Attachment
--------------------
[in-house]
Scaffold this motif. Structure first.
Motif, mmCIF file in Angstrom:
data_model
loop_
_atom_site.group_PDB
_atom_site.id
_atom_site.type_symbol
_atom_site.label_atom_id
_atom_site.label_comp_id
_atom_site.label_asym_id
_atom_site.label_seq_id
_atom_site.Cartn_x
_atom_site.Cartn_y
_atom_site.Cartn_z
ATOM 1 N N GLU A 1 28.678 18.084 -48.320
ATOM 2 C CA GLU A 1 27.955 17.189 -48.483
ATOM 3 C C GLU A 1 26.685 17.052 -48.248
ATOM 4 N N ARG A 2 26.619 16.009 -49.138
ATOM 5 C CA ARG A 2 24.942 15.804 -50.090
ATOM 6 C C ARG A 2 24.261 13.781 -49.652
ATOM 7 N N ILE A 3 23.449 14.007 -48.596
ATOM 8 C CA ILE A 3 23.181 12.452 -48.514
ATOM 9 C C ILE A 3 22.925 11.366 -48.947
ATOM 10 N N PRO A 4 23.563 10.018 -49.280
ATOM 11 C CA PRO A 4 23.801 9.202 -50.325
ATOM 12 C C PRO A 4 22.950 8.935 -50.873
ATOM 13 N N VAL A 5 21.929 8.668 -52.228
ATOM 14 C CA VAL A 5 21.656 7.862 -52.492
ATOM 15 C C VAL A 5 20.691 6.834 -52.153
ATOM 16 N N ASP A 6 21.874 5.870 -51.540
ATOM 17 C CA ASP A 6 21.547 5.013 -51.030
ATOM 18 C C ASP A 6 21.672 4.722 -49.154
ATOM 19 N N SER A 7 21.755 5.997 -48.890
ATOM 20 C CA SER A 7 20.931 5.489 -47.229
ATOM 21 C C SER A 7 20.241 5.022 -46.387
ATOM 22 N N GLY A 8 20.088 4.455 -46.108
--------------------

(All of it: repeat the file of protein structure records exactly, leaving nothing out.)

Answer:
[in-house]
Scaffold this motif. Structure first.
Motif, mmCIF file in Angstrom:
data_model
loop_
_atom_site.group_PDB
_atom_site.id
_atom_site.type_symbol
_atom_site.label_atom_id
_atom_site.label_comp_id
_atom_site.label_asym_id
_atom_site.label_seq_id
_atom_site.Cartn_x
_atom_site.Cartn_y
_atom_site.Cartn_z
ATOM 1 N N GLU A 1 28.678 18.084 -48.320
ATOM 2 C CA GLU A 1 27.955 17.189 -48.483
ATOM 3 C C GLU A 1 26.685 17.052 -48.248
ATOM 4 N N ARG A 2 26.619 16.009 -49.138
ATOM 5 C CA ARG A 2 24.942 15.804 -50.090
ATOM 6 C C ARG A 2 24.261 13.781 -49.652
ATOM 7 N N ILE A 3 23.449 14.007 -48.596
ATOM 8 C CA ILE A 3 23.181 12.452 -48.514
ATOM 9 C C ILE A 3 22.925 11.366 -48.947
ATOM 10 N N PRO A 4 23.563 10.018 -49.280
ATOM 11 C CA PRO A 4 23.801 9.202 -50.325
ATOM 12 C C PRO A 4 22.950 8.935 -50.873
ATOM 13 N N VAL A 5 21.929 8.668 -52.228
ATOM 14 C CA VAL A 5 21.656 7.862 -52.492
ATOM 15 C C VAL A 5 20.691 6.834 -52.153
ATOM 16 N N ASP A 6 21.874 5.870 -51.540
ATOM 17 C CA ASP A 6 21.547 5.013 -51.030
ATOM 18 C C ASP A 6 21.672 4.722 -49.154
ATOM 19 N N SER A 7 21.755 5.997 -48.890
ATOM 20 C CA SER A 7 20.931 5.489 -47.229
ATOM 21 C C SER A 7 20.241 5.022 -46.387
ATOM 22 N N GLY A 8 20.088 4.455 -46.108